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Finding ambiguity in a pooled special needs trust (SNT) agreement, a federal appeals court overturns a district court decision and determines from extrinsic evidence the settlor’s intent to distribute remaining funds to her children. National Foundation for Special Needs Integrity, Inc. v. Reese (7th Cir., No. 17-1817, Feb. 7, 2018).
In a case we previously covered, the estate of Missouri resident Theresa Givens through her son Devon Reese sought to recover more than $234,000 remaining in her sub-account with National Foundation for Special Needs Integrity. National Foundation is a pooled special needs trust trustee founded by disbarred attorney Kenneth Shane Service. Ms. Givens funded the trust with nearly $255,000 just one month before her death in November 2011. No money was owed the state for reimbursement of costs, leaving almost all the funds in her account.
Shortly after her death, National Foundation notified Ms. Givens’ estate that the money would go to the State of Missouri when, in fact, it kept the money for itself. More than three years later, in early 2015, National Foundation told the family that it would keep the money. By then, National Foundation already had spent all the remaining funds. The trust then sought a declaration from the court that it was entitled to keep funds left in the account and Ms. Givens’ estate replied with a suit seeking distribution of the funds to it.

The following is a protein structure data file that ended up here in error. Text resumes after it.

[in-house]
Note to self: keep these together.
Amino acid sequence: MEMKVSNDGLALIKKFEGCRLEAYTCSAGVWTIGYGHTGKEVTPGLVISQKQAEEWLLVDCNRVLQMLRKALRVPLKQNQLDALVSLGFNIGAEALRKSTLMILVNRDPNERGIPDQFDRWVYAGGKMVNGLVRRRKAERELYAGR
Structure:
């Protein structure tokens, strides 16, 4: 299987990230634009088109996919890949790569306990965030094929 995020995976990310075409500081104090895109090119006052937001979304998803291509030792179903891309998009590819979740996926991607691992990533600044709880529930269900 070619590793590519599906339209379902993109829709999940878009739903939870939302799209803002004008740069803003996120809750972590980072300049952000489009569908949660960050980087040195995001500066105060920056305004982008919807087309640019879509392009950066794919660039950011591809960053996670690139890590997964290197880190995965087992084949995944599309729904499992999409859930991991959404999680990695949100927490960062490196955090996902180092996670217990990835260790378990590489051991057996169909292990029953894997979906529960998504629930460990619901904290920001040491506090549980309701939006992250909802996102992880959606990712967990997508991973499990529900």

The trust agreement that Ms. Givens signed contained conflicting provisions. One stated that National Foundation “shall not retain any portion of the Beneficiary’s trust Sub-Account upon his or her death.” However, another stated that money remaining in an account upon death of a beneficiary would go to National Foundation if no contingent beneficiary was named. Ms. Givens had named herself as contingent/remainder beneficiary. National Foundation argued that by naming herself, Ms. Givens intended for the trust rather than her children to receive the remaining funds. Her estate argued ambiguity in the agreement and mistake by Ms. Givens. The district court found in favor of National Foundation. The estate appealed.
The United States Court of Appeals for the Seventh Circuit reverses and remands for entry of judgment. The court finds that the language of the trust agreement is plainly ambiguous. Noting that Mr. Service testified he had intentionally drafted the agreement to be confusing, the court looks beyond the agreement to determine Ms. Givens’ intent regarding distribution of funds after her death. Taking in extrinsic evidence and applying accepted principles of trust construction, the court finds it highly improbable that Ms. Givens intended to give the money to National Foundation, a stranger to her. On remand, the district court is to order National Foundation to pay the estate $234,181.23 plus prejudgment interest.
To read the court’s full opinion, click here.
For a discussion of the decision by Arizona elder law attorney Robert Fleming, click here.